- Ordering you around and treating you like a servant
Verbal assault includes berating, belittling, criticizing, humiliating, name calling, screaming, threatening, excessive blaming, shaming, using sarcasm in a cutting way, or expressing disgust toward the person. This kind of abuse is extremely damaging to a person’s self-esteem and self-image. Just as assuredly as physical violence assaults the body, verbal abuse assaults the mind and spirit, causing wounds that are extremely difficult to heal. Yelling and screaming are not only demeaning, but frightening as well. When someone yells at us, we become afraid that he or she may also resort to physical violence.
Withholding (resources, affection). This type of emotional abuse can go hand in hand with the silent treatment. The purpose is to punish you. Your partner may withhold affection, sex, money or other “privileges” in an attempt to control you and get his way.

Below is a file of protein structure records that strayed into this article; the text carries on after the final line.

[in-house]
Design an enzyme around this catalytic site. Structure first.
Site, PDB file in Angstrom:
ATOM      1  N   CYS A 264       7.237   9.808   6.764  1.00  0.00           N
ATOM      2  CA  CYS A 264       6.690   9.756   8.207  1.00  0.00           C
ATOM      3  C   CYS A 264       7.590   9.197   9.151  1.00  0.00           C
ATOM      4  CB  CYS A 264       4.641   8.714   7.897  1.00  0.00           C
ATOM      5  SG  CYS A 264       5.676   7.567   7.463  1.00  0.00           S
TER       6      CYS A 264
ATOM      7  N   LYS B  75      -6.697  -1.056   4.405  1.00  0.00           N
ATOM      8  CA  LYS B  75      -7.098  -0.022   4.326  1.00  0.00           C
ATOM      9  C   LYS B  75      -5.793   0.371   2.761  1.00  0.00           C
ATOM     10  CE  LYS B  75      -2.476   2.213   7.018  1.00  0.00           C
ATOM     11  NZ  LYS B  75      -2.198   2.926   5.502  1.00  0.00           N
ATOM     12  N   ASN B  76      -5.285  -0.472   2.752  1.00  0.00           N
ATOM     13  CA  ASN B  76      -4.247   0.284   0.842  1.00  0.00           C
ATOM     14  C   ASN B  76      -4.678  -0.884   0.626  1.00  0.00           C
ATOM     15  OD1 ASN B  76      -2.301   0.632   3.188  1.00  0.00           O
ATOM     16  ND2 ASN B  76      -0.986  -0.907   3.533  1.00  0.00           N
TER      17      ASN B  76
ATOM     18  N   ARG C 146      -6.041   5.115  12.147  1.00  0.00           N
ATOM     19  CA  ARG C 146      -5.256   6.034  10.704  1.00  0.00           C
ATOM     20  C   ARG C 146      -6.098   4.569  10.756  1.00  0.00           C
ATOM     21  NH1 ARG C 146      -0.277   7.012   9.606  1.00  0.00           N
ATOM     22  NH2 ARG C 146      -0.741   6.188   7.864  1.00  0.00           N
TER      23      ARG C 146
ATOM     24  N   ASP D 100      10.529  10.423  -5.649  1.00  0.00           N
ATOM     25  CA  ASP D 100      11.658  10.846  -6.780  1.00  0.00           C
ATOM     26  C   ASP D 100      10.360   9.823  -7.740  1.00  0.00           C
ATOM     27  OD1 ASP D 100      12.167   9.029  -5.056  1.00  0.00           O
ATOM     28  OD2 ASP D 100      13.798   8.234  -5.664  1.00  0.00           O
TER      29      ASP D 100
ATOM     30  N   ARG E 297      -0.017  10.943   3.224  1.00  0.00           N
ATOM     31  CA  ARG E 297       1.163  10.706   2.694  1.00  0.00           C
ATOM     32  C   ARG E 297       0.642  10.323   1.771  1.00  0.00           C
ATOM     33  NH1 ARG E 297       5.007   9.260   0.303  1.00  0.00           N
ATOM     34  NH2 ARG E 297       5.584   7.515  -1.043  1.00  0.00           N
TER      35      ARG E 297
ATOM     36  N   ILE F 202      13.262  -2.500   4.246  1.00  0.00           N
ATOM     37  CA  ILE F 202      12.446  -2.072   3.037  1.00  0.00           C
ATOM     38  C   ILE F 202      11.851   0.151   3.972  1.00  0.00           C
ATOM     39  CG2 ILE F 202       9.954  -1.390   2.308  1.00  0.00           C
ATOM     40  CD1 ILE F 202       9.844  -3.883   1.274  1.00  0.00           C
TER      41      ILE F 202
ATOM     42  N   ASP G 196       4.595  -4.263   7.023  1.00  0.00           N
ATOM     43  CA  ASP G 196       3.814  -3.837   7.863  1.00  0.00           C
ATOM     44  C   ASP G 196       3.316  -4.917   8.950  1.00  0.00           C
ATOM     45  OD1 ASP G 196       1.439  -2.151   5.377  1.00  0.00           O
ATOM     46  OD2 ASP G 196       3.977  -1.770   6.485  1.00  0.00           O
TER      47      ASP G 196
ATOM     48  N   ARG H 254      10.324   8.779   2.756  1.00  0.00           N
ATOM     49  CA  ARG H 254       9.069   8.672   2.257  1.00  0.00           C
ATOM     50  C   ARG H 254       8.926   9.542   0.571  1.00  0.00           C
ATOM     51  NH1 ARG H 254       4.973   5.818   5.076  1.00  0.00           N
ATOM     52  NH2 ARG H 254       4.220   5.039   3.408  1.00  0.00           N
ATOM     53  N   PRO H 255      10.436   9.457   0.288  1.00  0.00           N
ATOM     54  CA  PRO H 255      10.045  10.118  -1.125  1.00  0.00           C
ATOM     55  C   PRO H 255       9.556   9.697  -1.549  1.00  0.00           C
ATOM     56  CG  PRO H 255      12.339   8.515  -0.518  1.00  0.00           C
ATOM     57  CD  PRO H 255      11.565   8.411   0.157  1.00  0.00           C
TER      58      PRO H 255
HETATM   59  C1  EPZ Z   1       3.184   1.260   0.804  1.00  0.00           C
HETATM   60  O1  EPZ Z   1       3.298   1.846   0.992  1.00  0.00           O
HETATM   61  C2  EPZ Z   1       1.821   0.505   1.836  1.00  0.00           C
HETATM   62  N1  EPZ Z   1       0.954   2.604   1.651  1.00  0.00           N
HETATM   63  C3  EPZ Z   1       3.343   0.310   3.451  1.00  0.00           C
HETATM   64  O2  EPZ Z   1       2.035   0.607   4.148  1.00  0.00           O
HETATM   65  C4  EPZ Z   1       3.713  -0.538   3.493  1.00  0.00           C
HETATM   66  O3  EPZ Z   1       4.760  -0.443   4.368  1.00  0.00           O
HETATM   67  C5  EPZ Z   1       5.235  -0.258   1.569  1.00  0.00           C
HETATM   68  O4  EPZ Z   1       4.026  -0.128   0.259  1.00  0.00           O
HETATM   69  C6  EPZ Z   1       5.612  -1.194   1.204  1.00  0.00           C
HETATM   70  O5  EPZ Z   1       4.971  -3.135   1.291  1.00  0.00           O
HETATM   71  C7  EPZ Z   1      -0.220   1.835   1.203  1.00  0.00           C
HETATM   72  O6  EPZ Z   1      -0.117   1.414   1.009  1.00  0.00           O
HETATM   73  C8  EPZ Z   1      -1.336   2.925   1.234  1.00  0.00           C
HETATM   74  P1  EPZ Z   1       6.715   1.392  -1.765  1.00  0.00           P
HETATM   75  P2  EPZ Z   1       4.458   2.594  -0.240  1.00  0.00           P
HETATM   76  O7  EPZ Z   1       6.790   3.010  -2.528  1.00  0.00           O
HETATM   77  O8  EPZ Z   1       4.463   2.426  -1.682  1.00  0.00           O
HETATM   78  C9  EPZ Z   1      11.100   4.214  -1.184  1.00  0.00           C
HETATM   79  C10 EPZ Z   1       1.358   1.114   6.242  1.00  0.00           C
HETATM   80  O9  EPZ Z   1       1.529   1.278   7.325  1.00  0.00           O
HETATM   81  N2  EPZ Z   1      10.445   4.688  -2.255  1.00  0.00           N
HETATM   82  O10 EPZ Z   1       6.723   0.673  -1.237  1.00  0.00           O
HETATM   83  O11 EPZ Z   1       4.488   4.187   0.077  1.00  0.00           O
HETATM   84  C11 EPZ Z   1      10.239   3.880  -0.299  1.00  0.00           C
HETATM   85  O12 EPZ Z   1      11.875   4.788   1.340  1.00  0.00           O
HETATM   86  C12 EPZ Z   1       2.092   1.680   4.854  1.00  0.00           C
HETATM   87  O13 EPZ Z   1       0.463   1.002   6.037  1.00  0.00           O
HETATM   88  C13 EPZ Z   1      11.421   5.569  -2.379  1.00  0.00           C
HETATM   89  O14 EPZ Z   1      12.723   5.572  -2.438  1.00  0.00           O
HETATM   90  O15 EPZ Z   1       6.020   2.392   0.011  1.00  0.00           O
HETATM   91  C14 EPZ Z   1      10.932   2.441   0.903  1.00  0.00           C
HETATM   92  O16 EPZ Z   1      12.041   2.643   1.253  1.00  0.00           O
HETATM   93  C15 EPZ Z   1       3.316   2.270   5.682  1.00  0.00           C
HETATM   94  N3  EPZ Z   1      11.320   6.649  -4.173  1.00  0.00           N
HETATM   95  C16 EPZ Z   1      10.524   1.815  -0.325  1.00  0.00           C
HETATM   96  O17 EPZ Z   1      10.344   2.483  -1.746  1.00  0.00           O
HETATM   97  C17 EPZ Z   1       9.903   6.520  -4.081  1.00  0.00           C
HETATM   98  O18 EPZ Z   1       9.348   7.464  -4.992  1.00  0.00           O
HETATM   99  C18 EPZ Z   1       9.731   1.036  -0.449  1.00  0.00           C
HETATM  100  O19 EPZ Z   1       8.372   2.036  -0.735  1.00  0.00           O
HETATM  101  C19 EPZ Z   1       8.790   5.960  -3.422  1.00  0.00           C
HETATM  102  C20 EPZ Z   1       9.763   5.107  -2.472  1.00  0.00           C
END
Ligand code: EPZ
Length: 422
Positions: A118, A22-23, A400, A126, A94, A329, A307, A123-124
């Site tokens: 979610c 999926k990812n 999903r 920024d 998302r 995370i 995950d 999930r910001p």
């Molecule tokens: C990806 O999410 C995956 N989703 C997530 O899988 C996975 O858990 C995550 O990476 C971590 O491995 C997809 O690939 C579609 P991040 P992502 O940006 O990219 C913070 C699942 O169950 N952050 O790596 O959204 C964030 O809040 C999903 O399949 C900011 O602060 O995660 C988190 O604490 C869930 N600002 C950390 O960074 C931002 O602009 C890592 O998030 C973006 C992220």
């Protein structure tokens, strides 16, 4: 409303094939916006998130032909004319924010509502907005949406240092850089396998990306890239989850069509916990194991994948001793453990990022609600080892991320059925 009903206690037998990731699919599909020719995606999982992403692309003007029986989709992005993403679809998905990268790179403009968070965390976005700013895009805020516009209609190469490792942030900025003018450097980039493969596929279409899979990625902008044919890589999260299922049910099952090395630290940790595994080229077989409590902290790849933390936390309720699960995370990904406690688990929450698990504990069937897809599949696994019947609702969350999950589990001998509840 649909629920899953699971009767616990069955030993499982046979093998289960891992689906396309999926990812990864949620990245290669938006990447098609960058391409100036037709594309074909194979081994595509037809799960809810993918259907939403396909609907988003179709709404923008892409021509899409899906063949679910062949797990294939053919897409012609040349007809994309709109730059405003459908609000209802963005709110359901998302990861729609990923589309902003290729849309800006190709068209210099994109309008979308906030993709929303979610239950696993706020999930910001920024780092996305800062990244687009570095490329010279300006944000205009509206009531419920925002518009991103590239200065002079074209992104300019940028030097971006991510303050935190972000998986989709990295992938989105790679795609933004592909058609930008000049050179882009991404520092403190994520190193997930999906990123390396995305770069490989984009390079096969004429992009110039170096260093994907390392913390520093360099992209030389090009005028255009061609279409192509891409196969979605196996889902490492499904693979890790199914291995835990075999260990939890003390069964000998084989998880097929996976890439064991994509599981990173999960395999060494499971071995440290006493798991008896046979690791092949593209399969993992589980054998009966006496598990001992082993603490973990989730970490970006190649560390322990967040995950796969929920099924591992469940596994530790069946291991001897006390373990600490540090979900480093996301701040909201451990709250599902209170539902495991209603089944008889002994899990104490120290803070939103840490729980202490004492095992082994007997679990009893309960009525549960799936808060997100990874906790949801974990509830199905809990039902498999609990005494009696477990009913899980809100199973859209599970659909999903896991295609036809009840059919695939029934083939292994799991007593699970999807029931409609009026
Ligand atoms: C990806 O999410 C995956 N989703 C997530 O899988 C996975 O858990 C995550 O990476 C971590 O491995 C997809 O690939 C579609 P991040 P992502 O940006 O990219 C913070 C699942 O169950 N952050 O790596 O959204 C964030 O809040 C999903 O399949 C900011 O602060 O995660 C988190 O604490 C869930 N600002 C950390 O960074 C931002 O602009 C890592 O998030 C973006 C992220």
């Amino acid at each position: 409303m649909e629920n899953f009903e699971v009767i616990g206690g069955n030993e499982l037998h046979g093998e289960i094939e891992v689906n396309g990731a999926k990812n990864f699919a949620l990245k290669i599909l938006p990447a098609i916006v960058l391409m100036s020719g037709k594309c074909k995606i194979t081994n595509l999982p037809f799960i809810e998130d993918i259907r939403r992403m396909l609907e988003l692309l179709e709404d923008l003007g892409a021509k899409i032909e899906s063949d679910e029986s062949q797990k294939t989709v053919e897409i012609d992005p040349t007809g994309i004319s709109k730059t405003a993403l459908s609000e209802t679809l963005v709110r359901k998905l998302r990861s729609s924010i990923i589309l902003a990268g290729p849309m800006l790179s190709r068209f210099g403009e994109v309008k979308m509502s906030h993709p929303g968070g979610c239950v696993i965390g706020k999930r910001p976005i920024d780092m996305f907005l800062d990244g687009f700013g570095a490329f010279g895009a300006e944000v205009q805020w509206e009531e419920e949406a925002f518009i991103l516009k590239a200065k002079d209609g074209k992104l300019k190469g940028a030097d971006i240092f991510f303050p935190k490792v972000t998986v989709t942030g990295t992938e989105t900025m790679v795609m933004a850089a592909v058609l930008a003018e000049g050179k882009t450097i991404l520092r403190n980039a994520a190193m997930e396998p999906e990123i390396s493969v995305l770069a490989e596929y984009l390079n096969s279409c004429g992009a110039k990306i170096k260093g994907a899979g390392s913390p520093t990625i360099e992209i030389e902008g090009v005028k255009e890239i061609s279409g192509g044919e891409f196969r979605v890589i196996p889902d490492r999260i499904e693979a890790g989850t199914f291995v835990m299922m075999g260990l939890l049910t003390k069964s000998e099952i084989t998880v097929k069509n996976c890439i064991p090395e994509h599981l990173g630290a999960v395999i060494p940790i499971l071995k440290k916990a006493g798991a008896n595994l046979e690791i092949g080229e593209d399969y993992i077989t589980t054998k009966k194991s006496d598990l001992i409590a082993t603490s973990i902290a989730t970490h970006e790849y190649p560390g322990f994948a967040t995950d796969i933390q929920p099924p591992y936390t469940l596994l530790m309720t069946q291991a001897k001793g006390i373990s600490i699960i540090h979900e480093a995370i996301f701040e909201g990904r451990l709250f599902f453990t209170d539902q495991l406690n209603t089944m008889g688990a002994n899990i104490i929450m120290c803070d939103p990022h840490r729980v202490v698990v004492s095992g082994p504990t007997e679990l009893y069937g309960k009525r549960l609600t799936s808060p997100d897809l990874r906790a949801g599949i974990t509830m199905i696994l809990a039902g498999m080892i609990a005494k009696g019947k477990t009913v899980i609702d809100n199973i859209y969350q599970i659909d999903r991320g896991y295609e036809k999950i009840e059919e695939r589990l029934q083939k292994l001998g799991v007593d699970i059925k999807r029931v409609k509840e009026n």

You may be surprised to realize that many of the behaviors you live with everyday are actually considered emotionally abusive. And even though you may not have labeled these negative and upsetting behaviors as abusive, they have nevertheless hurt you and even damaged you in many ways. Or you may feel validated as you realize that your sense that your partner’s behavior is abusive was absolutely correct. No matter how much your partner justifies his behavior, there is no justification for insensitivity, spitefulness, and cruelty.
Beverly Engel is an internationally recognized psychotherapist and an acclaimed advocate for victims of sexual, physical, and emotional abuse. The author of 22 self-help books, her latest book is entitled, It Wasn’t Your Fault: Freeing Yourself from the Shame of Childhood Abuse with the Power of Self-Compassion. Engel is a licensed marriage and family therapist, and has been practicing psychotherapy for 35 years.
Are You Being Emotionally Abused? Part 1